The gifts science gave us in 2013

BY Rebecca Jacobson  December 25, 2013 at 10:20 AM EST

It’s a season for giving, and so today we reflect on the gifts that science gave us this year. From a rock ‘n’ roll astronaut to a tweeting robot, and a furry new mammal to a Martian discovery, we didn’t lack for stories to share in 2013. So let’s look back on the year, and remember some of the best science stories the PBS NewsHour aired throughout the year.

A meth-cooking science teacher to fall in love with

Chemistry gave television audiences a real boon with the AMC series “Breaking Bad.” As the juggernaut story of a chemistry teacher-gone-meth-cook came to a close this year, Miles O’Brien found out that there was real science behind the plot lines of “Breaking Bad” — even if some of it was a little exaggerated.

The sound of interstellar space

Voyager 1 made a milestone in history this year, becoming the first man-made object to reach interstellar space. (That accomplishment alone took some long-term planning we can all learn from.) As it crossed the threshold, it sent back the sound of interstellar space, which NASA explains in the video above. It was music to scientists’ ears.

“We’re well beyond the planets, but not all the comets,” said Ed Stone, the chief scientist on the Voyager Mission. “We’re outside the boundary of the sun. Not only is this an important goal in science, we are exploring where no one has gone before.” Justice for Guatemala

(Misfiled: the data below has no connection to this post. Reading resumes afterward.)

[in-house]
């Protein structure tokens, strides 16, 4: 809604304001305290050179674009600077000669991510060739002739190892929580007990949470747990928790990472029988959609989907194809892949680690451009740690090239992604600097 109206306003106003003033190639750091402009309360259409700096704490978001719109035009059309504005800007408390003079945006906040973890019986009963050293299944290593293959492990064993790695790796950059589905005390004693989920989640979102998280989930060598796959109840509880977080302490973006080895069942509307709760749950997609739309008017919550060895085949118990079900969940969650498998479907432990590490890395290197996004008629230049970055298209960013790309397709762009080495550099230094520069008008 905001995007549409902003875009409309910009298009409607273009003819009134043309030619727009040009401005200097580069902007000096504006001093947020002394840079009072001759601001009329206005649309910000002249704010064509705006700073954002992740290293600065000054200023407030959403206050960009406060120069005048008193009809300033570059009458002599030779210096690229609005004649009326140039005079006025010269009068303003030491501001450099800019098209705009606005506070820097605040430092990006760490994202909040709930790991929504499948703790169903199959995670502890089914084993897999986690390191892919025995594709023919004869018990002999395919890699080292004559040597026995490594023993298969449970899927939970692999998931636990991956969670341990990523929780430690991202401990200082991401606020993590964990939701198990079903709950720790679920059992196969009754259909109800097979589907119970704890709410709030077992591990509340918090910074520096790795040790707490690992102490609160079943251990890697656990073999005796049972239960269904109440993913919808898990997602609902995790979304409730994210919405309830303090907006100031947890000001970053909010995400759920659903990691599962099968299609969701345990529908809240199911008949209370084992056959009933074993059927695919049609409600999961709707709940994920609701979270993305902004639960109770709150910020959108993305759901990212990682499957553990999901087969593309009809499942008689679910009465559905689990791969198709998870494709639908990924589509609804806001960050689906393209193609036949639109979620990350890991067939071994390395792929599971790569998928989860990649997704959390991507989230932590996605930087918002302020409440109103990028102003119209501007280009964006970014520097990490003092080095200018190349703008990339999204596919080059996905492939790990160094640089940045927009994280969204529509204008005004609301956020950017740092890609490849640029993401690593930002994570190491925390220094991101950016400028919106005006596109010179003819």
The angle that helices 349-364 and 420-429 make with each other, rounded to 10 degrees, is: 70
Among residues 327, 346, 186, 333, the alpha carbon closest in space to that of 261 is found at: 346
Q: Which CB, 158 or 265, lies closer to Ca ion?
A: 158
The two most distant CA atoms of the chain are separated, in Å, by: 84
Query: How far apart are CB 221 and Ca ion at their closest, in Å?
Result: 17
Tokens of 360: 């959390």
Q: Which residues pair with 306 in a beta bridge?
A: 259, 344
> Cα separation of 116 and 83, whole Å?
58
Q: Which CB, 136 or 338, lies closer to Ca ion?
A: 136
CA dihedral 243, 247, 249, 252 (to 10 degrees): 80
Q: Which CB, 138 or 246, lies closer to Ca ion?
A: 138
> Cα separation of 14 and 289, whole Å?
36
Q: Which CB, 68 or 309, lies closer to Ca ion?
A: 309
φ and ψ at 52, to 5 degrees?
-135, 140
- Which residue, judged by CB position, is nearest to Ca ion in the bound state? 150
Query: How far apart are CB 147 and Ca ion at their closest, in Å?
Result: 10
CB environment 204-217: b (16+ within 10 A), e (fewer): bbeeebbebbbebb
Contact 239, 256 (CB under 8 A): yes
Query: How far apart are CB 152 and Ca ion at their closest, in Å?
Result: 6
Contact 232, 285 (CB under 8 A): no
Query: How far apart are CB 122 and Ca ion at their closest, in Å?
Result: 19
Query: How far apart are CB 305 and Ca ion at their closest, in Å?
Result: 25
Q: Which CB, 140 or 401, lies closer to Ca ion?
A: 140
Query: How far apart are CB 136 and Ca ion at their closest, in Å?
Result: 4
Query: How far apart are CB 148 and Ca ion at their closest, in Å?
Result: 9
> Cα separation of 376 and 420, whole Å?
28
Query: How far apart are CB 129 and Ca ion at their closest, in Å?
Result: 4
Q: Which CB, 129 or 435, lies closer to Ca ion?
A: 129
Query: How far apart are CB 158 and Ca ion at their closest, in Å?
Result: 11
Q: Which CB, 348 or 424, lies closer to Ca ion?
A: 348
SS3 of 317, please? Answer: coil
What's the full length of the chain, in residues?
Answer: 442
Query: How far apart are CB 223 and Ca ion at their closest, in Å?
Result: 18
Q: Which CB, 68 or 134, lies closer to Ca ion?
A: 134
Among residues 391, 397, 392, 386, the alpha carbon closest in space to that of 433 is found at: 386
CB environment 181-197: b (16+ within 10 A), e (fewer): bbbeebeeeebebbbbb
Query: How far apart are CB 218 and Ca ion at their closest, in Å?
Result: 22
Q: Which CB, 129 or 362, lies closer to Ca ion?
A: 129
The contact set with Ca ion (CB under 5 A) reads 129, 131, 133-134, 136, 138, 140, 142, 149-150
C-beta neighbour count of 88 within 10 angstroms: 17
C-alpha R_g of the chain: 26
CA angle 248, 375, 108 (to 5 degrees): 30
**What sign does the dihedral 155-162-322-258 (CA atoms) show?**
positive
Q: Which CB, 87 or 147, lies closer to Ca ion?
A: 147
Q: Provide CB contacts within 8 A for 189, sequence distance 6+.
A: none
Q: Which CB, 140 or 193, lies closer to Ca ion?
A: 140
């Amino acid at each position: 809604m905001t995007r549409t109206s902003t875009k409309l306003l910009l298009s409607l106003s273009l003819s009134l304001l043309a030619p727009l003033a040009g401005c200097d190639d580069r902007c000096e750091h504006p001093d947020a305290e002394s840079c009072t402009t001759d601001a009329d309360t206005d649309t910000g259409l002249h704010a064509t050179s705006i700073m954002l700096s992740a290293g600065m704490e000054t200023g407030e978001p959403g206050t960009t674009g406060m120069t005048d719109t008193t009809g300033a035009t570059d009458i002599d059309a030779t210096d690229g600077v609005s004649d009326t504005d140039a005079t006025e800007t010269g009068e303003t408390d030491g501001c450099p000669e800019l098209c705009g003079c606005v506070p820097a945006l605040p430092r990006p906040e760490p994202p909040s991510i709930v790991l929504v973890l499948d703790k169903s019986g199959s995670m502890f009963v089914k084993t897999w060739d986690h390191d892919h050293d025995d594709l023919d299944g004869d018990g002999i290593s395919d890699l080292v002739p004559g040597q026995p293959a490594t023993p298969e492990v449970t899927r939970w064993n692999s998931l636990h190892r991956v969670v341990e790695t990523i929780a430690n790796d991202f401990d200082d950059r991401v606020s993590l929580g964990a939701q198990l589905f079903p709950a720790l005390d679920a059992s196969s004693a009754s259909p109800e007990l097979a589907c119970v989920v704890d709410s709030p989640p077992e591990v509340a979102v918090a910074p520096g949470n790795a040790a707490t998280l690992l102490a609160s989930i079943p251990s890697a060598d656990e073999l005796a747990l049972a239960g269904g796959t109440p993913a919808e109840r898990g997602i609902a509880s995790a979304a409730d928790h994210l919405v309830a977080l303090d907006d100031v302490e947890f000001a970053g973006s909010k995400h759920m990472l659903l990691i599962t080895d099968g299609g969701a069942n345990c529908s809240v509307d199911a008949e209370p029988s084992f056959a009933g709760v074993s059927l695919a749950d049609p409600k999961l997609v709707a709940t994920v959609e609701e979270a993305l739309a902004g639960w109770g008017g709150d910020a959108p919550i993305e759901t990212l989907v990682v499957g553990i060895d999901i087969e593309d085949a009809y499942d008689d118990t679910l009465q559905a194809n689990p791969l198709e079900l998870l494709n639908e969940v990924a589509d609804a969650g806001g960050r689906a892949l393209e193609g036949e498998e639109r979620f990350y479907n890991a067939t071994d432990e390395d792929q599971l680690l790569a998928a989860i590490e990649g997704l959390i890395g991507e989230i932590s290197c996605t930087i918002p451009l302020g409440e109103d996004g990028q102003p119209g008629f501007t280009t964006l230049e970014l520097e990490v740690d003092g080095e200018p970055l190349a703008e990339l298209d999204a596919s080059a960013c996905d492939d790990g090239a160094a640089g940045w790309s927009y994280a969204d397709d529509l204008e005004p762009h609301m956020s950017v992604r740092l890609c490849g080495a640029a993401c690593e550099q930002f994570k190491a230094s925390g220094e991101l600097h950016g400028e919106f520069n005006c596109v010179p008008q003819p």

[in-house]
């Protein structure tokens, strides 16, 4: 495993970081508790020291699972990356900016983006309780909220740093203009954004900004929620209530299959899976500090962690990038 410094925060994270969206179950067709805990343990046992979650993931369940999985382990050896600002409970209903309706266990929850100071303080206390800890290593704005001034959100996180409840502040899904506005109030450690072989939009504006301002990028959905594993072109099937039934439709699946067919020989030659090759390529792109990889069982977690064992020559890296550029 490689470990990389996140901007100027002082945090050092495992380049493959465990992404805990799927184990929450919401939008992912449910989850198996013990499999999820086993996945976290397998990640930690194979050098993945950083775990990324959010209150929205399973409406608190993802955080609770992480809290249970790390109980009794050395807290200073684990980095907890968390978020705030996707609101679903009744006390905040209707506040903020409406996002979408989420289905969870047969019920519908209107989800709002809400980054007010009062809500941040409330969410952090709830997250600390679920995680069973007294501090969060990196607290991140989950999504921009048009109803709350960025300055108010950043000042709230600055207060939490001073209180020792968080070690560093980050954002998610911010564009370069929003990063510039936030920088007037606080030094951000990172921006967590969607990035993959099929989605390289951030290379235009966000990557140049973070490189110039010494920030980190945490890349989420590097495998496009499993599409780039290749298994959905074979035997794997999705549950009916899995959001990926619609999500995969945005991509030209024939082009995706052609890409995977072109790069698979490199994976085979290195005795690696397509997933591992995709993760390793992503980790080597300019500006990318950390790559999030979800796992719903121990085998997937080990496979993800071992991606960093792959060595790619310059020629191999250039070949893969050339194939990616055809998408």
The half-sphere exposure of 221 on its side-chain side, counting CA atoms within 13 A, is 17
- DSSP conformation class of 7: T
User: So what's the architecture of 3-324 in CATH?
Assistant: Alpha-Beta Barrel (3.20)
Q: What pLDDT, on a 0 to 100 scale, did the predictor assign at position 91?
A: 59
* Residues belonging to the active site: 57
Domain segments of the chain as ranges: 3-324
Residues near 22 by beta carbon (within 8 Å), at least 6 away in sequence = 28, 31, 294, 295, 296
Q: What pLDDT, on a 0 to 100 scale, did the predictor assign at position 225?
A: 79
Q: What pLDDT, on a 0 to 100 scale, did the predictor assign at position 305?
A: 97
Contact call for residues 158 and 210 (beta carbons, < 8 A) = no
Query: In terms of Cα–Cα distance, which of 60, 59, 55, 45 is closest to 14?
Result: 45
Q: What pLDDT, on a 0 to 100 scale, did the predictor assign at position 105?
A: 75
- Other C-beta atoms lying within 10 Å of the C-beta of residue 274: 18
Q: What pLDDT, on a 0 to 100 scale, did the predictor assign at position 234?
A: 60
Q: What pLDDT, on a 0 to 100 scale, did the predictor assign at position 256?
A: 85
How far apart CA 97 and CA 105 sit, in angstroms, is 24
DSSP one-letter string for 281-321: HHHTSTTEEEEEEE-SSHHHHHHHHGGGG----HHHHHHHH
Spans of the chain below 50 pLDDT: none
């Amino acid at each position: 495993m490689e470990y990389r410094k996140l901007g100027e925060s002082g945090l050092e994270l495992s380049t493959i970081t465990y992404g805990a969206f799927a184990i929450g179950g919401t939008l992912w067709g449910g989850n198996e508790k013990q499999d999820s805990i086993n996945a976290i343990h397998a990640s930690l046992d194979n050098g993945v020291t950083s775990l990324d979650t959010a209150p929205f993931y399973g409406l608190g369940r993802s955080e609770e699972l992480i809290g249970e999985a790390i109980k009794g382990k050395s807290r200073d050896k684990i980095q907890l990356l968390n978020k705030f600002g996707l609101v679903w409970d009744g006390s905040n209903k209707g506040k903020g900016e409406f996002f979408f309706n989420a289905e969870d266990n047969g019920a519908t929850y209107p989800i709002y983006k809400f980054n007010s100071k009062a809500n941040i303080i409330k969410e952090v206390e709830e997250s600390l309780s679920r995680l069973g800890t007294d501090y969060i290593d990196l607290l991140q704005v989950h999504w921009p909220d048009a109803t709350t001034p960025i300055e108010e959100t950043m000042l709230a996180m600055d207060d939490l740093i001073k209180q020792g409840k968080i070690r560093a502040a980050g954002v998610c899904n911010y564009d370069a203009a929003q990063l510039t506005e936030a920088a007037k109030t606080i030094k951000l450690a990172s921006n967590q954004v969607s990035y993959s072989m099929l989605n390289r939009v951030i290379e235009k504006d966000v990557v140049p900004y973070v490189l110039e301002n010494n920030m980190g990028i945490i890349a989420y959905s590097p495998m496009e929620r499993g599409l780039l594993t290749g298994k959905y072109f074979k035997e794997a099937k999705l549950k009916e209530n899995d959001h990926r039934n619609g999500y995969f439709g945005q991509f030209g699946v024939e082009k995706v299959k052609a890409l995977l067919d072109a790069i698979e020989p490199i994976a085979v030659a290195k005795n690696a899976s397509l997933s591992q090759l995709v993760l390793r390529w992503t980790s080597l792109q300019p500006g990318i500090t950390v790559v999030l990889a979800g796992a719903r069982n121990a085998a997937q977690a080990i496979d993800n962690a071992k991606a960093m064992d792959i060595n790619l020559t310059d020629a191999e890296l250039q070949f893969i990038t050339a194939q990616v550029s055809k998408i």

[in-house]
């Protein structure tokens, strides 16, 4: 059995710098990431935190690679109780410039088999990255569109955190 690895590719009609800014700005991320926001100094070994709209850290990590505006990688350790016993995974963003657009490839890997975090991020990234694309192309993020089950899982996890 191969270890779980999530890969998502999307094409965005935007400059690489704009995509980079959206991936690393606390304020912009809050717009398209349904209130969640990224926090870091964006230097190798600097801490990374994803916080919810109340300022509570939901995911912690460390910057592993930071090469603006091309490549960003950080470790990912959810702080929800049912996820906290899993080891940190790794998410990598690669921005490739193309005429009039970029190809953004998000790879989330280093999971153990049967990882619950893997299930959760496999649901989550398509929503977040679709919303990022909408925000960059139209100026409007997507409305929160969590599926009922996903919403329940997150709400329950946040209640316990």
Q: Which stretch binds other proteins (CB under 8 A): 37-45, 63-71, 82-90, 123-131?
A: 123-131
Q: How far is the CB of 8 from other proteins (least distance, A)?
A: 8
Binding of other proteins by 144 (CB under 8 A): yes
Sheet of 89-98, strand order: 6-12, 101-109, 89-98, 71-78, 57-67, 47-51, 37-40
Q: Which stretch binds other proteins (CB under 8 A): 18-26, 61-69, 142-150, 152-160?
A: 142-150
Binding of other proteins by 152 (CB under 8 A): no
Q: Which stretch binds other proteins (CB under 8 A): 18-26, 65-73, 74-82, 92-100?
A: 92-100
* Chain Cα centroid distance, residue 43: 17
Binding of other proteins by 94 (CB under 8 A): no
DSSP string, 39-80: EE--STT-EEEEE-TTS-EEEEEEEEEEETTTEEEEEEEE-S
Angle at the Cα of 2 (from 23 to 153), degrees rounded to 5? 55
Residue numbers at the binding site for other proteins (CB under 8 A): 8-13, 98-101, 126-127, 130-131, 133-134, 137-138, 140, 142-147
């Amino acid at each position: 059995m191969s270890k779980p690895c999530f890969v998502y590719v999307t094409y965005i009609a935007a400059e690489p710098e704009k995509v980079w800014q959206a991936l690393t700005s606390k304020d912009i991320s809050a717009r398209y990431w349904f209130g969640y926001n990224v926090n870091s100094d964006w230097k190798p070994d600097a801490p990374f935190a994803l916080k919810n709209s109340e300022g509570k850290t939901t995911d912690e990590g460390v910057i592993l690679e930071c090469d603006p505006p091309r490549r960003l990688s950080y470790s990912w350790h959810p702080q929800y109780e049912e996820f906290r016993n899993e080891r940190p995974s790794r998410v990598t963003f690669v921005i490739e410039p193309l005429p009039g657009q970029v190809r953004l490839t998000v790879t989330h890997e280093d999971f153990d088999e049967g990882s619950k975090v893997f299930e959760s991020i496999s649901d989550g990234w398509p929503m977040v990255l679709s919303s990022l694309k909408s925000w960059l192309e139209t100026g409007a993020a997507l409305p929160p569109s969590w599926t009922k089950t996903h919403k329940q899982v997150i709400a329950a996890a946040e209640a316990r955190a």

In the 1980s, Guatemalans lived in fear as native Ixil Mayans were raped and murdered. Under the regime of Efrain Rios Montt, 15 massacres targeting Ixil Mayans left over 1,700 dead, and displaced 29,000. As a member of congressional office, Rios Montt was given immunity from charges and evaded trial for years.

This year, forensic science proved that thousands of innocent Ixil Mayans were murdered. Initially, the evidence brought a guilty verdict for Rios Montt on May 14, convicting him of genocide. But the courts overturned the verdict days later, throwing the case into turmoil.

Hope for silence

Over the course of their lives, 50 million Americans will suffer from tinnitus, a phantom ringing in the ears. For some, the sounds fade in and out, but for 12 million of those suffers, the buzzing, hissing, high pitched tones are constant. And it can be debilitating, leading tinnitus sufferers to consider suicide.

Tinnitus may start in the ears, but it resides in the brain. PBS NewsHour reported this year on neuroscience research that found how the brain creates tinnitus sounds and controls their volume. And a new study in the Journal of Neuroscience showed promising advances to cure tinnitus altogether.

The discovery that we’re all just “mongrels”

2013 revealed new information about our human ancestry. Anthropologists at the Max Planck Institute for Evolutionary Anthropology in Leipzeig, Germany extracted the oldest human DNA from Neanderthal-like skeleton found in the “pit of bones” in northern Spain. The 400,000 year-old DNA surprised archeologists. Instead of showing Neanderthal DNA, the fossil was a relative of another human species only found thousands of years and miles from the site. The find raised a lot of questions, but anthropologists determined that ancient human species crossed paths and mated, making us all “complete mongrels,” according to ancient DNA specialist Alan Cooper.

A new member for the racoon family

The racoon family got a new member this year. The olinguito was found and identified in the cloud forests of Ecuador. Zoologist Kristofer Helgen spent the last decade tracking these furry critters, which had been misidentified by museums, making them “hidden in plain sight.”